Fourth: As an educator, I know the value of quality public education. I oppose the bills that threaten public education: 50% reduction of state support for our University system, making Kindergarten optional, removing vital curriculum components from state standards, and raiding the UNIQUE fund, the last vestige of state scholarships for college students.

New Hampshire does not need to be the only state that provides no money for scholarships, ranks last in financial support for higher education, and continues the highest rate of student loan debt for graduates. If employers come to N.H. because of our educated work force, then the present legislature is shortsighted and hypocritical when it claims its focus is Jobs.

Finally, I would never insult our small business entrepreneurs and skilled workers by attempting to take away their licenses. The prime sponsor of these bills was my opponent who took advantage of his narrow election to pursue an ideological agenda. My responsibility is to the whole community and to act in its best interest.

Capital Comments: Learning for legislators is on-going

Capital Comments from State Senator Bob Odell

Each week I shuttle between meetings in my office and committee rooms in the State House and the Legislative Office Building across the street.  Every meeting, whether with a constituent, a lobbyist or government official, is a learning experience.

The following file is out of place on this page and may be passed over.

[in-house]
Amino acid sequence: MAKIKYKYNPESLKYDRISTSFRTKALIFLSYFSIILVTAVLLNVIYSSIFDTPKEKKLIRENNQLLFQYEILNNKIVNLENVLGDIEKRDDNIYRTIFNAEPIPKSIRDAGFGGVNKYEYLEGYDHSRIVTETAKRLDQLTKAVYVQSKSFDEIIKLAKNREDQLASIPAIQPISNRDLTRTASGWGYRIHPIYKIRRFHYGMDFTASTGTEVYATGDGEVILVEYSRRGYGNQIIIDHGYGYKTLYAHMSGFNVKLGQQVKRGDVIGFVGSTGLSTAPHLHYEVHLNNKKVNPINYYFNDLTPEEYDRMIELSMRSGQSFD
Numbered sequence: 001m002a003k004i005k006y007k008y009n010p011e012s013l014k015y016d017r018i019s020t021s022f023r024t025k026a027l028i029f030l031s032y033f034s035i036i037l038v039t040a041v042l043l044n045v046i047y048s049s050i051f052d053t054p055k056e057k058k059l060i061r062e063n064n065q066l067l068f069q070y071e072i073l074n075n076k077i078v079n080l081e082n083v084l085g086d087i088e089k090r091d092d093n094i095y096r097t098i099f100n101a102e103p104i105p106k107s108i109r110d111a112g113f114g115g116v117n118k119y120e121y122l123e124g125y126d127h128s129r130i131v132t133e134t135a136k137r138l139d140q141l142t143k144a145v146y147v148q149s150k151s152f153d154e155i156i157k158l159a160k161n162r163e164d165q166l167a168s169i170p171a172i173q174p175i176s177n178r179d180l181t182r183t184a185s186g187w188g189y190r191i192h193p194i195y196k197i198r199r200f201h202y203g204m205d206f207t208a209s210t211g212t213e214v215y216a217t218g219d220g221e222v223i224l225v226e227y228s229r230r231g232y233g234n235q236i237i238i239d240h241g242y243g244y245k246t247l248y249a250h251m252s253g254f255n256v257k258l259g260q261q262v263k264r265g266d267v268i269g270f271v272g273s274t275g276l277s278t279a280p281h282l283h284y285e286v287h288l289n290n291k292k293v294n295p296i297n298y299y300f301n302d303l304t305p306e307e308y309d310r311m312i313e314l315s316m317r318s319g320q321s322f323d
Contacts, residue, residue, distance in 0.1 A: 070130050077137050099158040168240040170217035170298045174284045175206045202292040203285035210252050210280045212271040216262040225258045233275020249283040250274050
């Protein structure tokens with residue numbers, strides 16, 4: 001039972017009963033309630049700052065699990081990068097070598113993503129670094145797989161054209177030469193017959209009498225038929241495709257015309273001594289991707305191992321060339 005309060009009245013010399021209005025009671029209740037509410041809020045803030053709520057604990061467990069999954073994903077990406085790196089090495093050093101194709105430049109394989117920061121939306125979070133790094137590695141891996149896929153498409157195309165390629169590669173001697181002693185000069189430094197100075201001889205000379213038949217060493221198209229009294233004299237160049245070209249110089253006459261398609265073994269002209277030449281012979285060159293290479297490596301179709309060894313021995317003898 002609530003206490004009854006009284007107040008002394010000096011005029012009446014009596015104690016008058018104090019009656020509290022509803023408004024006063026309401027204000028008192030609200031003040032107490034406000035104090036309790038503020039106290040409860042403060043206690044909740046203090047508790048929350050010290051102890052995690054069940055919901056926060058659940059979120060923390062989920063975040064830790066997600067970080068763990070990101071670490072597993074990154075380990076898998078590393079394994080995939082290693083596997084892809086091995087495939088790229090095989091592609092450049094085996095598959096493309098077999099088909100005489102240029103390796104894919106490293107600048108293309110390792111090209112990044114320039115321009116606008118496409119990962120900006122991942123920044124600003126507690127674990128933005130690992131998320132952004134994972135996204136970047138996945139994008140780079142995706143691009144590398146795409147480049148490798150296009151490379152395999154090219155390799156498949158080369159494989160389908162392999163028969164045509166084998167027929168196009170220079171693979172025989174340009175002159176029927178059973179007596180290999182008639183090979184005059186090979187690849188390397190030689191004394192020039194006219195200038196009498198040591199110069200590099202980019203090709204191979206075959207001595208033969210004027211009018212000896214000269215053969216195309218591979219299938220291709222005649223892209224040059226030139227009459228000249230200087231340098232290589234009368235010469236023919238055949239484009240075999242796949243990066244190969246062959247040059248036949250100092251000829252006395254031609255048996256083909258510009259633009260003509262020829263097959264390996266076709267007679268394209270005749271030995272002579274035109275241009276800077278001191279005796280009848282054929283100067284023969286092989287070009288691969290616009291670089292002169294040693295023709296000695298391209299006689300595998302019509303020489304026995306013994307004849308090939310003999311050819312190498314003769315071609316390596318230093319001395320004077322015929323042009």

If I were in school, a reader might compare it to moving between classrooms as much of a legislator’s role is being educated.  That means not listening to just one side of the story on legislation … but hearing the other side, too.

Last week I jotted down some information I gained from some of my meetings.

Joint Legislative Fiscal Committee:  As if we needed reminding, state governments have become very dependent upon federal government payments to states.  New Hampshire spent $2.271 billion of money received from the federal government in fiscal year 2011 that ended last June.  Total spending by the state in the same year, depending upon the figure used, was roughly $5 billion.  That means about 45 percent of state spending comes from Washington.

The implications for New Hampshire and other states are serious.  Spending from money we raise in-state  in the current two-year budget is down 11 percent from the prior biennium.  If the federal government, as advocated by leaders of both parties, cuts spending to reduce the national deficit and long term debt, some of those reductions will hit state governments. Continue reading

NH’s economy: good news balanced by challenges

Capital Comments from Senator Bob Odell

“Crossover” or midpoint in the 2012 session, was finished a week earlier amidst some of the busiest legislative days of the year.  That meant last week there were too few bills ready for either the House or Senate to meet.

A Wednesday not in Concord is very rare.  The day off gave me an opportunity to participate in an economic development breakfast in Newport hosted by Sugar River Bank in partnership with Public Service of New Hampshire.

The event brought out a roomful of business and community leaders to hear a presentation by PSNH’s Patrick McDermott on the status of the New Hampshire economy.  And while the recovery from the recession is slow, there are some positive long term indicators of the state’s economy and our quality of life. Continue reading